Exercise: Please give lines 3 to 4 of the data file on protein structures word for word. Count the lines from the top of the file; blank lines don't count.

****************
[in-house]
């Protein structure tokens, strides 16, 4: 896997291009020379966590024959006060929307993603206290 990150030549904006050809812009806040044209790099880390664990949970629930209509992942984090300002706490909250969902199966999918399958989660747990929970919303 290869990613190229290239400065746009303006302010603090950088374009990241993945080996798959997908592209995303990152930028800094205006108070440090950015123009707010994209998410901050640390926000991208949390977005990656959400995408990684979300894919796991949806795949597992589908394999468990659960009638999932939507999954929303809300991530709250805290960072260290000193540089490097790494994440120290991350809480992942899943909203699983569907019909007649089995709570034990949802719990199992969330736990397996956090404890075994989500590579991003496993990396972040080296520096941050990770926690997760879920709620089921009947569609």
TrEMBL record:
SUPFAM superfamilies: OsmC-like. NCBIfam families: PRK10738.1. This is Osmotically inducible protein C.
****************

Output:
TrEMBL record:
SUPFAM superfamilies: OsmC-like. NCBIfam families: PRK10738.1. This is Osmotically inducible protein C.